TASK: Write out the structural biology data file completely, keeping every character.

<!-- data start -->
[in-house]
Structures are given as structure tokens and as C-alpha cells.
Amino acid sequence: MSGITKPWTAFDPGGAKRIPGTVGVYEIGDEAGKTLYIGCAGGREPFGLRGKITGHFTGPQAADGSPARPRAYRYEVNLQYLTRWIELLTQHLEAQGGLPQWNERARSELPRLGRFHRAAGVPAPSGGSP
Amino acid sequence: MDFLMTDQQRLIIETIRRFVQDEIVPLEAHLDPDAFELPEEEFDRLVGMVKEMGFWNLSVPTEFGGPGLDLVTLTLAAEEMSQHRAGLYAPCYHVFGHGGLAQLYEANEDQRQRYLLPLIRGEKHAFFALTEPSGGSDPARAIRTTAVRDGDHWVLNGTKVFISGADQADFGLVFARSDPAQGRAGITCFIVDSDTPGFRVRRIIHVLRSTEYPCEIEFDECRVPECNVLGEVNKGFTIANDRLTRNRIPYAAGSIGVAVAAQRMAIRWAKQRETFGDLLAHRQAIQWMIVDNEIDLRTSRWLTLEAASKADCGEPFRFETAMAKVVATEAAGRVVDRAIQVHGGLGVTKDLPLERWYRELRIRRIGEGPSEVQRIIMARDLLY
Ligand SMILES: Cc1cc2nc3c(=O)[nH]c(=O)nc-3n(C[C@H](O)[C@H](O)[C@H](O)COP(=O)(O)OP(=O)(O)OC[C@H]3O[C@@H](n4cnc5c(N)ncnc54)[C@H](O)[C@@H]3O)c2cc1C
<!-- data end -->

[in-house]
Structures are given as structure tokens and as C-alpha cells.
Amino acid sequence: MSGITKPWTAFDPGGAKRIPGTVGVYEIGDEAGKTLYIGCAGGREPFGLRGKITGHFTGPQAADGSPARPRAYRYEVNLQYLTRWIELLTQHLEAQGGLPQWNERARSELPRLGRFHRAAGVPAPSGGSP
Amino acid sequence: MDFLMTDQQRLIIETIRRFVQDEIVPLEAHLDPDAFELPEEEFDRLVGMVKEMGFWNLSVPTEFGGPGLDLVTLTLAAEEMSQHRAGLYAPCYHVFGHGGLAQLYEANEDQRQRYLLPLIRGEKHAFFALTEPSGGSDPARAIRTTAVRDGDHWVLNGTKVFISGADQADFGLVFARSDPAQGRAGITCFIVDSDTPGFRVRRIIHVLRSTEYPCEIEFDECRVPECNVLGEVNKGFTIANDRLTRNRIPYAAGSIGVAVAAQRMAIRWAKQRETFGDLLAHRQAIQWMIVDNEIDLRTSRWLTLEAASKADCGEPFRFETAMAKVVATEAAGRVVDRAIQVHGGLGVTKDLPLERWYRELRIRRIGEGPSEVQRIIMARDLLY
Ligand SMILES: Cc1cc2nc3c(=O)[nH]c(=O)nc-3n(C[C@H](O)[C@H](O)[C@H](O)COP(=O)(O)OP(=O)(O)OC[C@H]3O[C@@H](n4cnc5c(N)ncnc54)[C@H](O)[C@@H]3O)c2cc1C